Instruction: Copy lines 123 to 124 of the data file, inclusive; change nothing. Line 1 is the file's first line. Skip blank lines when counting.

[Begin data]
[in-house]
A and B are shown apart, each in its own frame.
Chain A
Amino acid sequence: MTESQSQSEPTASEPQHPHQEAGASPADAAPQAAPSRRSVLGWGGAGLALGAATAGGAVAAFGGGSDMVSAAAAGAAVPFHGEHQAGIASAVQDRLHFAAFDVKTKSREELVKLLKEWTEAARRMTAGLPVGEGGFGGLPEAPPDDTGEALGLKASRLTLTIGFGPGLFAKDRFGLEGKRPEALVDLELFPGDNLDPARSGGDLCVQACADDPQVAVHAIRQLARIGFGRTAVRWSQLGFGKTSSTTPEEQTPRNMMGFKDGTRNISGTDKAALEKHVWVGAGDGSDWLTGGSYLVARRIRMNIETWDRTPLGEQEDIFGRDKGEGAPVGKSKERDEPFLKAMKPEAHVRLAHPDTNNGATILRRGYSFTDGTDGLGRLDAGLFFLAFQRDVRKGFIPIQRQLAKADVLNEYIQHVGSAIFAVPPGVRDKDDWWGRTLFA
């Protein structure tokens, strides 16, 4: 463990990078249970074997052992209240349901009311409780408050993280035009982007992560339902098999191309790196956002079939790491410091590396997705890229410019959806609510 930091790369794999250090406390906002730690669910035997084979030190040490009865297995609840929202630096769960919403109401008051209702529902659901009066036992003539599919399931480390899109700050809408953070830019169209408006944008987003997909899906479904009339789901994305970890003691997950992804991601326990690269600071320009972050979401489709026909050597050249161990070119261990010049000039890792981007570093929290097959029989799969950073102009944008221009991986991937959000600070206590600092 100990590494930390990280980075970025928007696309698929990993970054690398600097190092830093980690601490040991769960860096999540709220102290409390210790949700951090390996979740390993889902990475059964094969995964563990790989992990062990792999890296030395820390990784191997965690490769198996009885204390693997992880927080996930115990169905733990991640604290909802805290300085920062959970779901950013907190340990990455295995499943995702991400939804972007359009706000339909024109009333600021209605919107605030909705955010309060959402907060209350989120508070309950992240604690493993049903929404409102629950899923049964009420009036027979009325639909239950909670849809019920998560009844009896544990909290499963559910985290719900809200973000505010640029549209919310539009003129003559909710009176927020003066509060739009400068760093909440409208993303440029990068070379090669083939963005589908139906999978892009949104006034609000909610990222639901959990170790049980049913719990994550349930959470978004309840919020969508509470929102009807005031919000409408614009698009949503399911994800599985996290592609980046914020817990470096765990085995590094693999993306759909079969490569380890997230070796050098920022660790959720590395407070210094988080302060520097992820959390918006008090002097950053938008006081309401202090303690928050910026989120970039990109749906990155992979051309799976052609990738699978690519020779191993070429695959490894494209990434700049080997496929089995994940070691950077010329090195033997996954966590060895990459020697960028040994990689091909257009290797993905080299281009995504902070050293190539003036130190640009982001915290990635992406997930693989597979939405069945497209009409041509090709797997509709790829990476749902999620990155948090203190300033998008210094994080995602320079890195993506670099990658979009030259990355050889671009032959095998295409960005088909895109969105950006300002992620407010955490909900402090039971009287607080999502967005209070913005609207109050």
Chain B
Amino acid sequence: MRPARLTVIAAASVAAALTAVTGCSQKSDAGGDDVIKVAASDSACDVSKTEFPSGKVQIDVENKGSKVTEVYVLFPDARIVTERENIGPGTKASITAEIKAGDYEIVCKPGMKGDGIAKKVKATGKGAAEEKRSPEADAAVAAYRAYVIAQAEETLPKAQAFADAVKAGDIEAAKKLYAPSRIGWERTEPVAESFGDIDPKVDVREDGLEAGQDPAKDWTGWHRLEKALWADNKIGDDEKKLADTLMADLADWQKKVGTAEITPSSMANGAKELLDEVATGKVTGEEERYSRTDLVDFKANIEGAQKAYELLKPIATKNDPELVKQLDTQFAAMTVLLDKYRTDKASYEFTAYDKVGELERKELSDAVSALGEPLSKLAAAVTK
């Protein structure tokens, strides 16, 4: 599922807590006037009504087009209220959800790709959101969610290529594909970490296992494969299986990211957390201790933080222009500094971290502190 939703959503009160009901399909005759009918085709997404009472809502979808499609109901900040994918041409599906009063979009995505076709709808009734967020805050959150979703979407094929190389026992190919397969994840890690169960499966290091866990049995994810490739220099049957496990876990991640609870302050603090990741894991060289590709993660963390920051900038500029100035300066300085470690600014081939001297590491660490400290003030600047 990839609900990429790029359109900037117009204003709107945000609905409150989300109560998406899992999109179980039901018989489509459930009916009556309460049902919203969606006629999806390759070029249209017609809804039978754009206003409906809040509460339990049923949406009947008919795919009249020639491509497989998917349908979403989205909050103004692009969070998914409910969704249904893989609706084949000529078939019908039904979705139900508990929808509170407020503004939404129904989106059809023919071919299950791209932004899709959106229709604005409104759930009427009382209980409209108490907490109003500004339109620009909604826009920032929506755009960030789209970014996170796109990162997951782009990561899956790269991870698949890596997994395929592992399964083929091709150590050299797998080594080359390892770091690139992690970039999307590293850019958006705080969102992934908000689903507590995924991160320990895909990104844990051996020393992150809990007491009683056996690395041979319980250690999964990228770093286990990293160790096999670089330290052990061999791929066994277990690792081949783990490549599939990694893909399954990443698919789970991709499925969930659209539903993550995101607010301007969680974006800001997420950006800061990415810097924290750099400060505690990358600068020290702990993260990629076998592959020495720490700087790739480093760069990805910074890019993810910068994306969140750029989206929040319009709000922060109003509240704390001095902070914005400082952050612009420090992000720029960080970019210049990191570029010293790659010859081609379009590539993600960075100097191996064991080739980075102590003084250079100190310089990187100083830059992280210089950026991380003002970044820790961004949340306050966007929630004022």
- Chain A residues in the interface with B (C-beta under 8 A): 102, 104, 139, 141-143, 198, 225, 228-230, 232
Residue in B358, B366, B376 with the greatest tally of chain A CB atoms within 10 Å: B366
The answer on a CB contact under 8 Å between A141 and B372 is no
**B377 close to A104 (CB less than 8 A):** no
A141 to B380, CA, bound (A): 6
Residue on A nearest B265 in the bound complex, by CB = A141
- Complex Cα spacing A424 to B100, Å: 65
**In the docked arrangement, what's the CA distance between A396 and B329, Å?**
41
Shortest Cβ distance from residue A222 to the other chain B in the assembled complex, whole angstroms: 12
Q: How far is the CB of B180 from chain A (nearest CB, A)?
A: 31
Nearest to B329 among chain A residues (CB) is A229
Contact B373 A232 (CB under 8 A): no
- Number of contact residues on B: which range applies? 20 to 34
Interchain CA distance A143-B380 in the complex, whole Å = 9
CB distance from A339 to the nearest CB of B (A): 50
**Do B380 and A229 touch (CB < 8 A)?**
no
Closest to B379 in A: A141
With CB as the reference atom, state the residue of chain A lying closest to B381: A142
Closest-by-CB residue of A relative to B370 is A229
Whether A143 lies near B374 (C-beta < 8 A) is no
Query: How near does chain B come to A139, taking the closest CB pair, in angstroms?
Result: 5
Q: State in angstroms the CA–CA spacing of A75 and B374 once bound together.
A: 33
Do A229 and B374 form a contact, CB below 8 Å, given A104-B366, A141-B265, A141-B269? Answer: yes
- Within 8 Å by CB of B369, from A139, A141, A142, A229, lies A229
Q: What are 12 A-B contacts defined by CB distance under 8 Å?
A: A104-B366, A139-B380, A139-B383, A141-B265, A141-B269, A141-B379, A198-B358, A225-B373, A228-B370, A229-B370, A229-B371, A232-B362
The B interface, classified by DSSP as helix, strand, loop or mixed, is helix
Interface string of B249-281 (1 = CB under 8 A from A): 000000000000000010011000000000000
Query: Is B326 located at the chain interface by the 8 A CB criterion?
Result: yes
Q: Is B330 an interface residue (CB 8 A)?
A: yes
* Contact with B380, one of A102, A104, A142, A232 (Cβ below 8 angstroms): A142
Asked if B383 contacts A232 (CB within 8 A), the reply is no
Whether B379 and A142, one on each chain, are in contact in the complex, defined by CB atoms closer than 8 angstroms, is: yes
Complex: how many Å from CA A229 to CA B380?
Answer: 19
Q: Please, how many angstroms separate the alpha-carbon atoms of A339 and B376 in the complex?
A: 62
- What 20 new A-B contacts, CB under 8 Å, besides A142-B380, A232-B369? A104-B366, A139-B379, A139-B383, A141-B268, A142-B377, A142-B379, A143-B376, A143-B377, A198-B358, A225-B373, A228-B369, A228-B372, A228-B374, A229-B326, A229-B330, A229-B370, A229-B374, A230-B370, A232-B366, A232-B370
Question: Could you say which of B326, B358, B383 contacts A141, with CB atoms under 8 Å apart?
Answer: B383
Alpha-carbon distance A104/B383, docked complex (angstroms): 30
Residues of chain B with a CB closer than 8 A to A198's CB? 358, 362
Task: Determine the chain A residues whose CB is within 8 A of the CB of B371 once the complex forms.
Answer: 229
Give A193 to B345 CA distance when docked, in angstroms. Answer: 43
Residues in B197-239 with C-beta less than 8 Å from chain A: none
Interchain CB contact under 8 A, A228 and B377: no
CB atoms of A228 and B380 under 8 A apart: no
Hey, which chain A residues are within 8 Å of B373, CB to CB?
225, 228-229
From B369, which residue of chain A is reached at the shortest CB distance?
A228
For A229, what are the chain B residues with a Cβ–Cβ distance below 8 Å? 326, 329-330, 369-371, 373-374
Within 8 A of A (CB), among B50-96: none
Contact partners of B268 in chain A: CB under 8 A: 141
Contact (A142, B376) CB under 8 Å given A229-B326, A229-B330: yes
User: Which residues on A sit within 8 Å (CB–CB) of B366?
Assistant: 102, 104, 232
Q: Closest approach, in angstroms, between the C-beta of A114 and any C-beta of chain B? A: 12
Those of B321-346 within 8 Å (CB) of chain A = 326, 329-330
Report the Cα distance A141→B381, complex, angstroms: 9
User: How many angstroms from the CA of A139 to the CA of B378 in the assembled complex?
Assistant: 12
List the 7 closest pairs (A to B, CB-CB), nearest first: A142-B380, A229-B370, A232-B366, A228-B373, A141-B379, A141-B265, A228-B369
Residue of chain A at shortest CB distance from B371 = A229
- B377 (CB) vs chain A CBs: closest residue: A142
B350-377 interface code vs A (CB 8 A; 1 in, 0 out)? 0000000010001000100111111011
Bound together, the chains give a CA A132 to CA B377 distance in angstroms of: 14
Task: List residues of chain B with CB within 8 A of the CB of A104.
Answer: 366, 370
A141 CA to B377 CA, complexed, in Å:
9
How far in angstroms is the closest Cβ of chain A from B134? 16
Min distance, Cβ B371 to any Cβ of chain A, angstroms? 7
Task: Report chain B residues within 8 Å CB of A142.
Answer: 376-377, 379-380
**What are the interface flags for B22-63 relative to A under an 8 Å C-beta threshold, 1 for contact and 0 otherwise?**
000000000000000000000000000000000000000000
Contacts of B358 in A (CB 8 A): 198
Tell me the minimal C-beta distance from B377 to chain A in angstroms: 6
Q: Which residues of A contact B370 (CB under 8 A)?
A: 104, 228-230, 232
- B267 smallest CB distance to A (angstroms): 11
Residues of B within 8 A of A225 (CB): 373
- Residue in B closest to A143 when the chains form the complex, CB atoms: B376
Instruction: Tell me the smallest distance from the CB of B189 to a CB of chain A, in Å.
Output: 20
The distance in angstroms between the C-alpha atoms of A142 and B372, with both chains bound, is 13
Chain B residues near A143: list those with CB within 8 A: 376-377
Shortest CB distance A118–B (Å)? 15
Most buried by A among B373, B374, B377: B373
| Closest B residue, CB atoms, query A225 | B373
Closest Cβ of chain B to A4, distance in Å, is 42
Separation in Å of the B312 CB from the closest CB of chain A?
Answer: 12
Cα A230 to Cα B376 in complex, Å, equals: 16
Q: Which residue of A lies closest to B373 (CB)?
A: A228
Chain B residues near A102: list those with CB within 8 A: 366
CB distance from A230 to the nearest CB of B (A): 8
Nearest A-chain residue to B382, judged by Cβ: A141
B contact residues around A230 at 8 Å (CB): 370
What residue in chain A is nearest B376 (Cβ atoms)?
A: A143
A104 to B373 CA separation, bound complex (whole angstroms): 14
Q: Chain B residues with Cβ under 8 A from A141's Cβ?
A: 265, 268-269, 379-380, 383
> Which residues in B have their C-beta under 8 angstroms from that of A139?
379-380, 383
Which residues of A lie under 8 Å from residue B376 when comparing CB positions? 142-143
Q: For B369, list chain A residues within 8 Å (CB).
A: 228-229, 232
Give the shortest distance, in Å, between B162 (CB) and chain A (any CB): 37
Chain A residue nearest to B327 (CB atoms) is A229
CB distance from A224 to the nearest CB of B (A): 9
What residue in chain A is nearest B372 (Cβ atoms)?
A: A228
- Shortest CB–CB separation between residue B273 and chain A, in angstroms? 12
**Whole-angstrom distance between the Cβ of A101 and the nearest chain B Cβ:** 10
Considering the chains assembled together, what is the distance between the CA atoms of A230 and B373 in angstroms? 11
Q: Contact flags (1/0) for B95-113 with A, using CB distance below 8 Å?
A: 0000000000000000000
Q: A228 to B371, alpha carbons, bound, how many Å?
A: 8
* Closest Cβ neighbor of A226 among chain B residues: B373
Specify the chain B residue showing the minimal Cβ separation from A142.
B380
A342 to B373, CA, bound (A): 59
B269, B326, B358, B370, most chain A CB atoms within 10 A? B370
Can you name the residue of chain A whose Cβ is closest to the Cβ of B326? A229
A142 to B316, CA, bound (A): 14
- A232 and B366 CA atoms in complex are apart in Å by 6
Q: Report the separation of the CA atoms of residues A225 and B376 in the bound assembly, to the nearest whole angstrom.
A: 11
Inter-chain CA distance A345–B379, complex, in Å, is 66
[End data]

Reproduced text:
> Which residues in B have their C-beta under 8 angstroms from that of A139?
379-380, 383